This Week in Humanism 2017–09–24

by | September 24, 2017

Scott Douglas Jacobsen

“Schools should teach pupils about all faiths and allow them to form their “own conclusions about life’s big questions”, Britain’s leading secular body has said. The comments by Humanists UK — which are backed by the Church of England’s chief education officer — came ahead the publication of an interim report into overhauling the teaching of religious education, or RE. Andrew Copson, chief executive of Humanist UK, said: “Education about religious and humanist beliefs is vitally important for any child growing up in Britain today.”


“More than a quarter of secondary schools in the UK are not teaching their pupils any religious education (RE), a new report by the National Association of Teachers of RE (NATRE) and Religious Education Council for England and Wales has revealed. Humanists UK, which is a founding member of the RE Council and campaigns in favour of inclusive education about religious and humanist beliefs, has stated that the report makes a strong case for fundamental reform of the subject.

The report, which details the results of a survey of 790 schools, found that no RE is being provided in 28% of secondary schools. The situation is much worse in academies and free schools, where RE is not taught at Key Stage 3 in 34% of schools, or at 44% of schools at Key Stage 4.”


“JACKSON, Mississippi, September 22, 2017 (LifeSiteNews) — A group of polygamists and a “machinist” who claims to want to marry his computer are challenging homosexual “marriage” in Mississippi.

Chris Sevier and others filed a federal lawsuit reasoning that same-sex “marriage” is part of the religion of secular humanism, and since it is of a religious nature, the state has no right to recognize it over other faith-based “marriages” such as polygamy, zoophilia, and machinism.

The belief that two men or two women can have a marriage is a religious leap of faith, the plaintiffs argue. Therefore, government sanctioning it goes against the Constitution’s Establishment clause.”


“Comedian-turned-hero Sunil has been making continuous efforts to secure a hit to his name after tasting a marathon of duds. He has joined hands with acclaimed filmmaker Kranthi Madhav for Ungarala Rambabu. Having seen his recent outings, one has to walk into a theatre with thoughts wondering how unique does the story seem. A film which was supposed to be rib-tickler ends up as an obsequious fare. Sunil is Ungarala Rambabu, a staunch believer in astrology and is so smug in his superstitious notion that he attributes all his success to a fake godman Badam Baba.

He sports unusual outfits with weird colours every day to work. Director Kranthi Madhav tried to show how Rambabu’s character is coping with the financial loss and how his beliefs get him back on track provided he marries a girl born in an unusual (chikubuku) star. What we get for the rest of the film is an emotional Rambabu’s struggle to win his love.”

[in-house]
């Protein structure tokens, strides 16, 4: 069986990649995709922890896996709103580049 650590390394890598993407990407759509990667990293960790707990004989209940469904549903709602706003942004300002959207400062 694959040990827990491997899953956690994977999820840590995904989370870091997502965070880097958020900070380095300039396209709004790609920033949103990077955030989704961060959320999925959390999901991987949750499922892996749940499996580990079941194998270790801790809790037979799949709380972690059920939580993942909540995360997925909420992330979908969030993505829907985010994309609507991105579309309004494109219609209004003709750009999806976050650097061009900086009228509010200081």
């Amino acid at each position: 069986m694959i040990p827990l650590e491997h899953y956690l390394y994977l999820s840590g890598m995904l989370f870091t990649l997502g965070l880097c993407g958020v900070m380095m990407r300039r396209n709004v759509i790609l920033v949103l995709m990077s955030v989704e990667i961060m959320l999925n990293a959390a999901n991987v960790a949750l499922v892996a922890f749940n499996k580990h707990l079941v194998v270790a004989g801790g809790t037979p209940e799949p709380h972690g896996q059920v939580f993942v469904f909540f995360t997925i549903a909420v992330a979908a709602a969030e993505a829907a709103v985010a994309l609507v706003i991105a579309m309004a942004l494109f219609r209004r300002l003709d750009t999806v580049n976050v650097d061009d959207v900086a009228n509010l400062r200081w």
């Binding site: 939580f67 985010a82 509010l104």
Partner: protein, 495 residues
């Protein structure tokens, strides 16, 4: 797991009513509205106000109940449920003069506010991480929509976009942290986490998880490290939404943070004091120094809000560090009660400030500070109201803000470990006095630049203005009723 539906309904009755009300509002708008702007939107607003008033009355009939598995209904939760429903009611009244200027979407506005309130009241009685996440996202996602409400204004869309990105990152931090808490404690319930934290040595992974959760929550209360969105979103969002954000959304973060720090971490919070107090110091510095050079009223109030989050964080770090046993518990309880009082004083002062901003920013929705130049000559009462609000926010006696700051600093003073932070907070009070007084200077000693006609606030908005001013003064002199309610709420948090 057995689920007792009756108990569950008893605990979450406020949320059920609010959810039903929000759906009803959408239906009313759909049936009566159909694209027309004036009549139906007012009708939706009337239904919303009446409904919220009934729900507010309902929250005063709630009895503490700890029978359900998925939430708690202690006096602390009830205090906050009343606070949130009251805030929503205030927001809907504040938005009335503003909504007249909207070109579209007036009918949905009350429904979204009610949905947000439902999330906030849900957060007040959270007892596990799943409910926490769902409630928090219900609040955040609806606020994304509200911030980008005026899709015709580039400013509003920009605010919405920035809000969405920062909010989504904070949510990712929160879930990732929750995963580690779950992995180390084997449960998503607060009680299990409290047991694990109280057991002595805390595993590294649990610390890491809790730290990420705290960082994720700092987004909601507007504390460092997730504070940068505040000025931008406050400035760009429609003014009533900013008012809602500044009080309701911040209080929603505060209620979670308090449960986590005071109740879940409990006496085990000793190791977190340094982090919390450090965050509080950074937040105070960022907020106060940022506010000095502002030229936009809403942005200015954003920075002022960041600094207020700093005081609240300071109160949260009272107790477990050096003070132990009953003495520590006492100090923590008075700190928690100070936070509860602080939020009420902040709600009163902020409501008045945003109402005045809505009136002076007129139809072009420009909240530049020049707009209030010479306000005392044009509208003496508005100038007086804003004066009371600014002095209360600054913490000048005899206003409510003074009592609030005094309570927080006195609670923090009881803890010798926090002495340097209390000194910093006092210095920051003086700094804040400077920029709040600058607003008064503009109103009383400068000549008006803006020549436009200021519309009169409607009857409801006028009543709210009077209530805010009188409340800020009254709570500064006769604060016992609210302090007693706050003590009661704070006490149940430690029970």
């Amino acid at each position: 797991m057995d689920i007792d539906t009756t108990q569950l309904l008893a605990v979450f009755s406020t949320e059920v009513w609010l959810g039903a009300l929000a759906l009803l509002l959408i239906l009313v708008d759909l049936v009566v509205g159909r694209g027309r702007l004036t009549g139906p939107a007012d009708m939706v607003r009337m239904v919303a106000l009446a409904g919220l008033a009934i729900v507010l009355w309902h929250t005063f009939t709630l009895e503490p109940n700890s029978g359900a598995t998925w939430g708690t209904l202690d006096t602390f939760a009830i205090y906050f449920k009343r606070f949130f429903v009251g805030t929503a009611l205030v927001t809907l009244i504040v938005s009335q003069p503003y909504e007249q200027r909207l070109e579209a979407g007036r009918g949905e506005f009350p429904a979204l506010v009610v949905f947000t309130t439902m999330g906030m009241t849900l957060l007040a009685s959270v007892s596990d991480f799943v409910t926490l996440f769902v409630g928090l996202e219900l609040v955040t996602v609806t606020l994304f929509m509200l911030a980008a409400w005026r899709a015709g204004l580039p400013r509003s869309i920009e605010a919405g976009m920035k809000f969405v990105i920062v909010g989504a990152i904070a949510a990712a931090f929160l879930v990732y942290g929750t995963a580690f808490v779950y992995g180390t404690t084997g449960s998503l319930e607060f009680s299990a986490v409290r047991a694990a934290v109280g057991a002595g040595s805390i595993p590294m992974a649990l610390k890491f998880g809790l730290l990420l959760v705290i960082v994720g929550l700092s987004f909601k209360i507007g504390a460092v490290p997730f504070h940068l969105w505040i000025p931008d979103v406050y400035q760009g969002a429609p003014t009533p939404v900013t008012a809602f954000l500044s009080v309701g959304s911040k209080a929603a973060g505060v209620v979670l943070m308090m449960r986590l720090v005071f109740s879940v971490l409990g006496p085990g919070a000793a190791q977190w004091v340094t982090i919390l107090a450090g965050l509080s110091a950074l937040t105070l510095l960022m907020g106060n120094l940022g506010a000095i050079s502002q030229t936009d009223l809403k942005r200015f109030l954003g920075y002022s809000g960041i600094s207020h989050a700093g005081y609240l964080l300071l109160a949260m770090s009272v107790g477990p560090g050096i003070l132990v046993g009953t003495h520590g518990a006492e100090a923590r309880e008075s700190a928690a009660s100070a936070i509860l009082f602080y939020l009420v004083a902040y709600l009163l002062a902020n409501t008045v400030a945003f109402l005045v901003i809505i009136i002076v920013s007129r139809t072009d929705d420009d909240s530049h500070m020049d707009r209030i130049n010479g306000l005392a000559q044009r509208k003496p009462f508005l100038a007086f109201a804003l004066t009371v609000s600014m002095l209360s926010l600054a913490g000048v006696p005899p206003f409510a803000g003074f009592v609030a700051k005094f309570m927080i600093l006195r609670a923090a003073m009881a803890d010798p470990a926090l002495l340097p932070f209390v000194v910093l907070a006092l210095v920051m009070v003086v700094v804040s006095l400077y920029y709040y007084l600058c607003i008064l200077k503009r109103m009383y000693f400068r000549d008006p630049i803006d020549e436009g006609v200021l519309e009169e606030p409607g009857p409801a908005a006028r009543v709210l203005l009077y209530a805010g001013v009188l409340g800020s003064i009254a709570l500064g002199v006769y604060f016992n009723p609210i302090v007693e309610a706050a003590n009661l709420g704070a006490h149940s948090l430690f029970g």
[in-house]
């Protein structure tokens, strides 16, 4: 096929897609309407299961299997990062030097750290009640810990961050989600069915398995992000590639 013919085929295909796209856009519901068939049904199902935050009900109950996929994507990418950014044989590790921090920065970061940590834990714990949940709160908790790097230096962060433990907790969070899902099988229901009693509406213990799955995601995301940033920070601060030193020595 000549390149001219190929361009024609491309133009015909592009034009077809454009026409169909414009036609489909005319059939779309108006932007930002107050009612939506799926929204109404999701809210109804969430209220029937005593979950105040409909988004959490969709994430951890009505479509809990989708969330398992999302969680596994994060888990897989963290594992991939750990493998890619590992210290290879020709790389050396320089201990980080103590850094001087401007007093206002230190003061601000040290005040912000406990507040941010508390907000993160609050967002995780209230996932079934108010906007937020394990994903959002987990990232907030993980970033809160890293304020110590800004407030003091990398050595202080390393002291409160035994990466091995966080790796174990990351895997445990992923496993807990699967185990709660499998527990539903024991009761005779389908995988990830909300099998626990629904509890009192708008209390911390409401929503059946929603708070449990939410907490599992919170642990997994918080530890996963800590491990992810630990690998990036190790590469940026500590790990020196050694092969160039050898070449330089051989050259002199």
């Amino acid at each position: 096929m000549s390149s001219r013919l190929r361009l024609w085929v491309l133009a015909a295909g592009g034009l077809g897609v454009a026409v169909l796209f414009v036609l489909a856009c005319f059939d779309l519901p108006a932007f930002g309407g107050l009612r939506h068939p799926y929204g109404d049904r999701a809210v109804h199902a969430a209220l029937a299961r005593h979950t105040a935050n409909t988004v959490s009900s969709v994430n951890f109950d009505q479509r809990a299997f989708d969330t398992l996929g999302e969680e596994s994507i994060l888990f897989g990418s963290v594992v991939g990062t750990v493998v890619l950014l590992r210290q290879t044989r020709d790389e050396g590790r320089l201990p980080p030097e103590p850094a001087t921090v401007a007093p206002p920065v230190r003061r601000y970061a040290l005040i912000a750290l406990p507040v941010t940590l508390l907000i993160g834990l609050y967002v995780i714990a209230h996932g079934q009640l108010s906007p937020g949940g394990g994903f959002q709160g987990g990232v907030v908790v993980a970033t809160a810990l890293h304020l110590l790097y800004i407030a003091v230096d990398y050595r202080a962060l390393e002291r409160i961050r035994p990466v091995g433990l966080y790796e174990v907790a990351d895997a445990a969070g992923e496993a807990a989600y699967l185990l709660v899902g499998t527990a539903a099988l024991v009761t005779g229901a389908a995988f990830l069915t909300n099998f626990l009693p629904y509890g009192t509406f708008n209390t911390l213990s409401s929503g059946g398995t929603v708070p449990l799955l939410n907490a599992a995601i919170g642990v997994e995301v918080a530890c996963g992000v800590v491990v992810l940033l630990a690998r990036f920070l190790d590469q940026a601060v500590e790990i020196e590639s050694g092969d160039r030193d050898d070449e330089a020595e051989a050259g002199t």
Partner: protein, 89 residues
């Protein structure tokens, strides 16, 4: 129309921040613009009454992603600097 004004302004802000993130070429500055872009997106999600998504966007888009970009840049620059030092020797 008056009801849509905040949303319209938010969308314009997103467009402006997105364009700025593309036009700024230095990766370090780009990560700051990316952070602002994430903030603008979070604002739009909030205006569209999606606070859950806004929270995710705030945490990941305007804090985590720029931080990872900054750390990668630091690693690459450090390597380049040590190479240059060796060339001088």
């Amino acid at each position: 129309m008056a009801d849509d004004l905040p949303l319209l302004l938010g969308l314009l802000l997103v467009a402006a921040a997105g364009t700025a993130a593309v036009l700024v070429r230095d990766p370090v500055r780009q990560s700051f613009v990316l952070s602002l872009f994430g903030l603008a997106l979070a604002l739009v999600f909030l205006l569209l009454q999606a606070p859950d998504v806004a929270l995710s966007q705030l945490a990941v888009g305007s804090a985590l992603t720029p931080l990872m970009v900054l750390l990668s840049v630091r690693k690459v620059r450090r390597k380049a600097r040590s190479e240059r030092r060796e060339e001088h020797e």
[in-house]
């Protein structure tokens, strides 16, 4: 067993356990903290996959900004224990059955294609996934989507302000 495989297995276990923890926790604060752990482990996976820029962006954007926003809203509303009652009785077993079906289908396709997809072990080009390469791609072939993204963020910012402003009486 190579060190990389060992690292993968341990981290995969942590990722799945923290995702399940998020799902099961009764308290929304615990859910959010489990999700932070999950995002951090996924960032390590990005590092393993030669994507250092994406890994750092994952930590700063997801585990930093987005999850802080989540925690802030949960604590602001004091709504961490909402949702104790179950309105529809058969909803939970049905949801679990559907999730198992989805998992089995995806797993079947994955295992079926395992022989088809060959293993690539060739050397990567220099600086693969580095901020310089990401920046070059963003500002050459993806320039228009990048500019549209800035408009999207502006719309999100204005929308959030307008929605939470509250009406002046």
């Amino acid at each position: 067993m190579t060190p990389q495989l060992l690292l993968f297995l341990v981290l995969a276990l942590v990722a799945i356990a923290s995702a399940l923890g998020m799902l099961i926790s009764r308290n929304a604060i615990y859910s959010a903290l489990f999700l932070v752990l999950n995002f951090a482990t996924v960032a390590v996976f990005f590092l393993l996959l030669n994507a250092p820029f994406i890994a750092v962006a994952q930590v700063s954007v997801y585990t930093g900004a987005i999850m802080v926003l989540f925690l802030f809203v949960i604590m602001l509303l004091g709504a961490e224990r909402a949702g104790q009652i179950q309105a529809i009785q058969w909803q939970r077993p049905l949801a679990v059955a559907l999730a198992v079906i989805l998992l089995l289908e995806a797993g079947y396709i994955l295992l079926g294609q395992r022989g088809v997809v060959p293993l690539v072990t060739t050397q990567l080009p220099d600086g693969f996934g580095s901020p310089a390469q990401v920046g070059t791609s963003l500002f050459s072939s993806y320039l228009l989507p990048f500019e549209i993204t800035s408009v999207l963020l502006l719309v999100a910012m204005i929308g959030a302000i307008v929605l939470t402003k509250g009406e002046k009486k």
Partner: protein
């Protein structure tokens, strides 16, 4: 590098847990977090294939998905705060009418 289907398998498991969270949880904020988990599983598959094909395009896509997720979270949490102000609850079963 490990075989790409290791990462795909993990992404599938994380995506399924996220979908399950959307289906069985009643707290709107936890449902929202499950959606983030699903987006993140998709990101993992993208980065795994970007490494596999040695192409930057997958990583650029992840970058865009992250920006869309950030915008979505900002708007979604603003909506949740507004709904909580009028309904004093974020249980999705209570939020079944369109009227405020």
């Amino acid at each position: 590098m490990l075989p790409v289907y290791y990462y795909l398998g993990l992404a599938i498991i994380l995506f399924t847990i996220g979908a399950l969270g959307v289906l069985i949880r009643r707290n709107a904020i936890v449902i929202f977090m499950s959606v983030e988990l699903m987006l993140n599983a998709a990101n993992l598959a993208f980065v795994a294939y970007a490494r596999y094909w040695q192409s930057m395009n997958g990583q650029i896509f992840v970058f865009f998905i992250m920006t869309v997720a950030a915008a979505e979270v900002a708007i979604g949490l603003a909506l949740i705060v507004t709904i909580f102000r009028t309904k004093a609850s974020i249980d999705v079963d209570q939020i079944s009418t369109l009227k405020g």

“In his first address to the United Nations General Assembly, Uzbek President Shavkat Mirziyoev has pledged to focus his government on bringing greater prosperity and human rights to his nation and the Central Asian region.

The Uzbek leader said on September 19 that his goal of improving the living conditions of citizens was what led him this month to allow the free float of the Uzbek currency while also reducing business taxes, expanding loans to businesses, and establishing free economic zones.

“We proceed from one simple truth: the richer the people are, the stronger shall be the state,” Mirziyoev said, according to an English-language translation of his remarks provided on the UN website.”


“Just 5% of Christians say that they became Christians after reaching the age at which they left school, a new poll commissioned by the Church of England has revealed. The poll, carried out by ComRes, also reveals that just 6% of British adults consider themselves to be practicing Christians.

Humanists UK has stated that the findings raise questions not only about the motivation behind the church’s involvement in schools, but also the appropriateness of a school admissions system that requires people to attend church just to gain access to their local state school.

Of the 8,150 adults in Great Britain who responded to the ComRes poll, 64% stated that they became Christian between the ages of 0–4, 13% from 5–10 years old, 8% 11–18, and just 5% thereafter (9% of respondents didn’t know). The figures for Anglicans specifically were similar, though just 3% of Catholics stated that they became Christian after reaching 18 years of age.”


Original publication in Humanist Voices.

Category: Features World Tags: , , ,

About Scott Douglas Jacobsen

Scott Douglas Jacobsen is the Founder of In-Sight: Independent Interview-Based Journal and In-Sight Publishing. Jacobsen works for science and human rights, especially women’s and children’s rights. He considers the modern scientific and technological world the foundation for the provision of the basics of human life throughout the world and advancement of human rights as the universal movement among peoples everywhere. You can contact Scott via email, his website, or Twitter.

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